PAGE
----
Using Plain English

When you use Plain English in your writing, you will help people to understand you. It’s a very direct way of writing, making readers feel as if you are talking straight to them. This means that readers will see you as both friendly and persuasive.

Although there are extra guidelines when you write emails and web pages, you can use Plain English at the same time.

To use Plain English, try following these basic ideas:

Use short sentences of about 15 to 20 words. It’s tempting to run lots of phrases together. Especially if you’re ‘on a roll’. But:

  • long sentences can be confusing.
  • they’re harder to follow, so you may end up losing your readers.
  • it’s easier to make sure you’ve written good, correct English if you keep it simple!

Use everyday words, not jargon. It’s not just about being understood, though this is important. When you use words that people are familiar with, they will see you as friendly. This means you are more likely to get your point across. So:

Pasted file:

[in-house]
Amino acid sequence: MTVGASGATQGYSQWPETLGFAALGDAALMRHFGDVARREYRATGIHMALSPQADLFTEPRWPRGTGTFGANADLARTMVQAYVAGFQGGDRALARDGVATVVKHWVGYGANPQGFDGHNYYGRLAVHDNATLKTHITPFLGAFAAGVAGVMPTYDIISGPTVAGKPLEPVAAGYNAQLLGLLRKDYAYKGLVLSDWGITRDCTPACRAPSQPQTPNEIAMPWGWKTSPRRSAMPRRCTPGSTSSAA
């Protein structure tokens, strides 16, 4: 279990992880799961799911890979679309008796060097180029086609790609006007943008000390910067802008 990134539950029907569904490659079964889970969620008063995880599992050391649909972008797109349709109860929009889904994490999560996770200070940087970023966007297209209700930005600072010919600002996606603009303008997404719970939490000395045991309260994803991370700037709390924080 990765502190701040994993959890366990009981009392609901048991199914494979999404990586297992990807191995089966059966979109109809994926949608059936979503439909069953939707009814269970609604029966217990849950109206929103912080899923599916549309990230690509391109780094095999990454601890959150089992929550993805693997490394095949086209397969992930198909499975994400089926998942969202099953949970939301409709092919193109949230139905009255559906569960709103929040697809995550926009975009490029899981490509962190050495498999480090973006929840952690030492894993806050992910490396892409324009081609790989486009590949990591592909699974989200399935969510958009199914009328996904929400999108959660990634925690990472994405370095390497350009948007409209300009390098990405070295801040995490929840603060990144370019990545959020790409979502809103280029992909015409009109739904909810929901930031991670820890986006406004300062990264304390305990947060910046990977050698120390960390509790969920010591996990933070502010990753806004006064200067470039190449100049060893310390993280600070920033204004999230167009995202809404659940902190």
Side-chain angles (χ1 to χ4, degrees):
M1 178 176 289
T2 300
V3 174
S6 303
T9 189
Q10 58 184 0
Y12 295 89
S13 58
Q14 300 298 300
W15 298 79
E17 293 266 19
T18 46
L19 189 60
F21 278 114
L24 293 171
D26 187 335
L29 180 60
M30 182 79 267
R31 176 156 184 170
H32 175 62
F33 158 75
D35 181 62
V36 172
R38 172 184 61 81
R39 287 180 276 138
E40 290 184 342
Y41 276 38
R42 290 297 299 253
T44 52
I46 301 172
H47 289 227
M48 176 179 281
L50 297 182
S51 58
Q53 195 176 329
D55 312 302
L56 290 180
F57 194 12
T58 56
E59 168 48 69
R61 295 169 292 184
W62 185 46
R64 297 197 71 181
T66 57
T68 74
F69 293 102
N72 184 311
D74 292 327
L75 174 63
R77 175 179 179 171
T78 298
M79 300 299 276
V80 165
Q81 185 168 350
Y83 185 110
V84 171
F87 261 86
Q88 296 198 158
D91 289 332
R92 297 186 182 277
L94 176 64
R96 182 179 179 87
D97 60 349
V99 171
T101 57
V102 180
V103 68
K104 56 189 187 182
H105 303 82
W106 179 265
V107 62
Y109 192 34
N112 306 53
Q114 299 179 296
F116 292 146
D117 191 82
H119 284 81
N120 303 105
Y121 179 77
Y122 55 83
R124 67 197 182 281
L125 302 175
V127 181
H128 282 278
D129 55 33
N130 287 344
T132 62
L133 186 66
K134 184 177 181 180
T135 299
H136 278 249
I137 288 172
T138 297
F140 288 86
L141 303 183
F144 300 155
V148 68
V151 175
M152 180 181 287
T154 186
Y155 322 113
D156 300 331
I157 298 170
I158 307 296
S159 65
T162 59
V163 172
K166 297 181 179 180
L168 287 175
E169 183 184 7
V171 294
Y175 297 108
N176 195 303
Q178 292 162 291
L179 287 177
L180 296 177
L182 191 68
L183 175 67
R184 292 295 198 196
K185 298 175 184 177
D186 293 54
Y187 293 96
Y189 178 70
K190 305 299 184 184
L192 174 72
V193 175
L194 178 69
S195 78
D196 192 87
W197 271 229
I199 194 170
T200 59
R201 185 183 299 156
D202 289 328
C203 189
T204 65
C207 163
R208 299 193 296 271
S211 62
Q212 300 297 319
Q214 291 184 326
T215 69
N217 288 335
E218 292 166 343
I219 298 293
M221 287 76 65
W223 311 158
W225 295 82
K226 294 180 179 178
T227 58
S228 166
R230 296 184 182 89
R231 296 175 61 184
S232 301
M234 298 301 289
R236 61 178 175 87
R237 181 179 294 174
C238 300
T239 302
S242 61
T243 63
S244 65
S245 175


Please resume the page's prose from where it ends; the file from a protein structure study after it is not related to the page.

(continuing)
• Use the more common version of two words if they mean the same thing.
  • Consider using contractions, such as it’s, he’s, she’ll, I’m, and we’re. But please bear in mind that many readers with English as a Second Language may find these difficult to understand.
  • Avoid using long-winded phrases and ‘office speak’.

Be personal. When possible, refer to yourself and IOSH or your network as ‘I’ and ‘we’. Once you’ve introduced IOSH or your network and explained what you do, use ‘we’ rather than ‘the Institution’. And speak directly to your readers by using ‘you’, not ‘readers’, ‘members’ or ‘delegates’.

Use active verbs. An active sentence is one where someone’s doing an action, such as ‘The woman bought the car’. A passive sentence has the action done by someone, such as ‘The car was bought by the woman’. Passive sentences tend to sound more impersonal and unfriendly. It’s usually a good idea to re-word sentences so they’re active. This is especially important when you’re talking about something you’re going to do or you want your readers to do.

Reveal your hidden verbs.
A ‘nominalisation’ is a noun made out of a verb. Some examples include: investigation (from investigate), removal (remove) and departure (depart). Nominalisations tend to hide the real meaning of the verb that’s struggling to get out, so your writing is less clear. For example, rather than saying ‘The thorough investigation of accidents is essential’, it’s clearer to say ‘It’s essential to investigate accidents thoroughly’.

[v1.1 - March 2016]